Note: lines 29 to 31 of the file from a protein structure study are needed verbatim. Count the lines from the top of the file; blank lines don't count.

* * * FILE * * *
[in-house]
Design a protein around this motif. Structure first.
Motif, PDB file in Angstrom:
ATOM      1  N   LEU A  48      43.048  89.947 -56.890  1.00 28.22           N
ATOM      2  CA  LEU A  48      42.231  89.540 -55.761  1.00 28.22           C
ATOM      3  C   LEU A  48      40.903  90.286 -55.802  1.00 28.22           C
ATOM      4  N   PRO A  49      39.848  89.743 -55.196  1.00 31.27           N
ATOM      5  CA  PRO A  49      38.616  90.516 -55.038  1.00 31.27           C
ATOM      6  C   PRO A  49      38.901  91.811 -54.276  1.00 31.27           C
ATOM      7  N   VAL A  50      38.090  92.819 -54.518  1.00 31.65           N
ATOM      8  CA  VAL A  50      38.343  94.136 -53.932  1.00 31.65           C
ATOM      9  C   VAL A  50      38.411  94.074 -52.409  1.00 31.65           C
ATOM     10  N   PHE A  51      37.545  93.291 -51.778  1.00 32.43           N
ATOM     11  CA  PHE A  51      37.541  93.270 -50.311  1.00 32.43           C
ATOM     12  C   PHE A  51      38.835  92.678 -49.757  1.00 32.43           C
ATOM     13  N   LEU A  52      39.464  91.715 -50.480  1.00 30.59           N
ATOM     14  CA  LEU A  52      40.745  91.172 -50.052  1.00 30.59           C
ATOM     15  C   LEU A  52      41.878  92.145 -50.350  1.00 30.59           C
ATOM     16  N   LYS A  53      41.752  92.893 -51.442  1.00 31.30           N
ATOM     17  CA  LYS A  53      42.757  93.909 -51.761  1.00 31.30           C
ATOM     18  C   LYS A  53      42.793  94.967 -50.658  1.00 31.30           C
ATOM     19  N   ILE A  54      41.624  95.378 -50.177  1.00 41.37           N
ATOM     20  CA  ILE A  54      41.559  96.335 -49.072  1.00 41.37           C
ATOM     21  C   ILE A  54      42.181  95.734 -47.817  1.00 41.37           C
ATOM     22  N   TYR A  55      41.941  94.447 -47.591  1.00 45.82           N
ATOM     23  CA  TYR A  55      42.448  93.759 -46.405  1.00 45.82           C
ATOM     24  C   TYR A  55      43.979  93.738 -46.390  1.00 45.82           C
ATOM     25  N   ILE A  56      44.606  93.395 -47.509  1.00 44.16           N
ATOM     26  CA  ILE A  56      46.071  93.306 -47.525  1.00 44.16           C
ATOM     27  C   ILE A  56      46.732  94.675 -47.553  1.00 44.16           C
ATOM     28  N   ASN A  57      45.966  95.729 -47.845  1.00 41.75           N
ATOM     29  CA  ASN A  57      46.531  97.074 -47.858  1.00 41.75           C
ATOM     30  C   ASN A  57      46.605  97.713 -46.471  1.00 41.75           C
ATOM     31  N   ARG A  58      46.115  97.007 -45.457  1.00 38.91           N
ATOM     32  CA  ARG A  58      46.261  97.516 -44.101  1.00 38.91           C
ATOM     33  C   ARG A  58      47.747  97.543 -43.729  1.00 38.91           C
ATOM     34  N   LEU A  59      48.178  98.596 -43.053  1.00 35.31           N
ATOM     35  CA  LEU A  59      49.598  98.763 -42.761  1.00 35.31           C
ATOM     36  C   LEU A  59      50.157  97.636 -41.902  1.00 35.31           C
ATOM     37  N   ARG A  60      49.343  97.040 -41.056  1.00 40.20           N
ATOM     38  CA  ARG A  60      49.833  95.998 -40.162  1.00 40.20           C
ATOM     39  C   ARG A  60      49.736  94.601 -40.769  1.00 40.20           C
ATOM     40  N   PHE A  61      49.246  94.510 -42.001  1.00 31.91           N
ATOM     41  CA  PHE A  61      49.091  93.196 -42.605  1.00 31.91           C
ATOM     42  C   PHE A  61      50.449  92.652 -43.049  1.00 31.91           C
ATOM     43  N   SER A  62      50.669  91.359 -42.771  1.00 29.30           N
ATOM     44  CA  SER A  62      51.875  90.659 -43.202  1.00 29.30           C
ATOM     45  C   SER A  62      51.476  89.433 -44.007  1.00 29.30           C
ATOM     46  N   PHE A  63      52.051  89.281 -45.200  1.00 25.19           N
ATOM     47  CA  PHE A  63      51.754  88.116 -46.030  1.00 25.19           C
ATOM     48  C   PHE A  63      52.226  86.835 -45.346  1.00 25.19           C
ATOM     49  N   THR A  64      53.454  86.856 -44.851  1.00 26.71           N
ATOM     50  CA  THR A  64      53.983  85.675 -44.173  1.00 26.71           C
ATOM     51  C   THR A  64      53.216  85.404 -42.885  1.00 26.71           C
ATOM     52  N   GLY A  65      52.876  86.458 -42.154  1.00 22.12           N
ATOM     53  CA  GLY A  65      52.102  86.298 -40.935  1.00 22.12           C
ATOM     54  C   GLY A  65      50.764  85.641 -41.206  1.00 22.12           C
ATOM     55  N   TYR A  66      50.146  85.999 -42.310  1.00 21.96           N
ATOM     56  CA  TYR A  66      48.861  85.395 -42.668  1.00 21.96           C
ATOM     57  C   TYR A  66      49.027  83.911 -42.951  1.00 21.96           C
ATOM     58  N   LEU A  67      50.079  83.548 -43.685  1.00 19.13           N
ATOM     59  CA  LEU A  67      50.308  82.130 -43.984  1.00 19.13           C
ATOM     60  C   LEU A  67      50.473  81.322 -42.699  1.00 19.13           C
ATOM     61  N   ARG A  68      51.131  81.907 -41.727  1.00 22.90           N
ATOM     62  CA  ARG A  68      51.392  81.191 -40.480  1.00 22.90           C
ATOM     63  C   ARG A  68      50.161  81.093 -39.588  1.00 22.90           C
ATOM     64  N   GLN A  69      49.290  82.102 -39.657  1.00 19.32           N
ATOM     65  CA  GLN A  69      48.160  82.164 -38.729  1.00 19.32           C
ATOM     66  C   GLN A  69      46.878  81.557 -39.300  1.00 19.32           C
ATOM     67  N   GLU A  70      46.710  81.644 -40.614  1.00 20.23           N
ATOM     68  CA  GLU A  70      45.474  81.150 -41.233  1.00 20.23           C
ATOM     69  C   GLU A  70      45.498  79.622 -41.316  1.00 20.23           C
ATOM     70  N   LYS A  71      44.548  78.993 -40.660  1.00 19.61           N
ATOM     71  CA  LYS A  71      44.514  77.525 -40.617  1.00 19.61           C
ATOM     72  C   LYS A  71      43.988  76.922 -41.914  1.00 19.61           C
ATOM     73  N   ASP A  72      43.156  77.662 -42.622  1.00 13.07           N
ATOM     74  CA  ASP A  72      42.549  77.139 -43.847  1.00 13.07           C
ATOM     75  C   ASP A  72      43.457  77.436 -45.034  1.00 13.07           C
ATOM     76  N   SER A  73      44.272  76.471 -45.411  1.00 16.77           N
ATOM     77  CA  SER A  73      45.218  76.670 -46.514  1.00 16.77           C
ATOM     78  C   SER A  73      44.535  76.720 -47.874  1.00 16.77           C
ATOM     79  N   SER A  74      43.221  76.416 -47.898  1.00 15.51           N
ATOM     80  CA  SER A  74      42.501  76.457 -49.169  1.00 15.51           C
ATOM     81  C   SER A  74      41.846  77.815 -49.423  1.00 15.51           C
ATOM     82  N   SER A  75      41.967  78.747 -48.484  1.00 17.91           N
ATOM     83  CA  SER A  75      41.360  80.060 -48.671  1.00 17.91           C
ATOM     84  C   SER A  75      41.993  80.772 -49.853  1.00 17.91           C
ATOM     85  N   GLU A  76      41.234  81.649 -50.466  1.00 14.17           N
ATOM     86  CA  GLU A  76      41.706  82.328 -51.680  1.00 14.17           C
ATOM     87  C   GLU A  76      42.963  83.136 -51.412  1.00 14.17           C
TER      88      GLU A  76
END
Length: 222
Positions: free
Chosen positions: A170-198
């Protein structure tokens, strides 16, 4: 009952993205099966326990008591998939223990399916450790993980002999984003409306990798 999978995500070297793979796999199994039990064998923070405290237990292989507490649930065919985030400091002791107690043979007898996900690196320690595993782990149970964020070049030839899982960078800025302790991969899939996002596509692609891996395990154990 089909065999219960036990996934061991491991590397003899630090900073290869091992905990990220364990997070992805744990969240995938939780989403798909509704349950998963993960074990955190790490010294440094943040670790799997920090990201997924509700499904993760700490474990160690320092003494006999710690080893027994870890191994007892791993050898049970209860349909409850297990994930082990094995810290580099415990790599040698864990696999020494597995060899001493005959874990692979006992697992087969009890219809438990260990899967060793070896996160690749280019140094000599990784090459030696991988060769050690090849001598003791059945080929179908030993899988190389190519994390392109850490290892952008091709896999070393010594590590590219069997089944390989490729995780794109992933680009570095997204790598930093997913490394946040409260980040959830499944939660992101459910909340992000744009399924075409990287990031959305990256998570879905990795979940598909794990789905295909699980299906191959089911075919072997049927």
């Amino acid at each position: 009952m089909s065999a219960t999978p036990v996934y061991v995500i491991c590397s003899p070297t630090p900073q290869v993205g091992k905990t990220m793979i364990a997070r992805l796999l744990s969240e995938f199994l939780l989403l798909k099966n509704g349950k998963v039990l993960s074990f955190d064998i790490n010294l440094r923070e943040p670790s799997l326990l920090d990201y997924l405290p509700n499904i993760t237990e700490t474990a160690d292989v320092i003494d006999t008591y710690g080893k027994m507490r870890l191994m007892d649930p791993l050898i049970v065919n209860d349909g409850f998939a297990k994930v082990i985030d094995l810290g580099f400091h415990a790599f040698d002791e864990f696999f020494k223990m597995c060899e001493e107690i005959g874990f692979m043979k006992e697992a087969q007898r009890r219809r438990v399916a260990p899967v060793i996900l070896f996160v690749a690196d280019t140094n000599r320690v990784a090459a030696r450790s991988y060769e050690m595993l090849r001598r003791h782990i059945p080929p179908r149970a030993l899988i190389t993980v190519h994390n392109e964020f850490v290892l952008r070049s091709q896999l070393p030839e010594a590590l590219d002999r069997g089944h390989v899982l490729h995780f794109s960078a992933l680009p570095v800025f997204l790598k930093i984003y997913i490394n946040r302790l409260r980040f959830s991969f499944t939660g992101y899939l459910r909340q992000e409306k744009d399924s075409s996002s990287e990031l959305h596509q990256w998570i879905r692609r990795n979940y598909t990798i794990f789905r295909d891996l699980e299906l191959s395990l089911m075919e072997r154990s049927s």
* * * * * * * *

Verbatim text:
ATOM     26  CA  ILE A  56      46.071  93.306 -47.525  1.00 44.16           C
ATOM     27  C   ILE A  56      46.732  94.675 -47.553  1.00 44.16           C
ATOM     28  N   ASN A  57      45.966  95.729 -47.845  1.00 41.75           N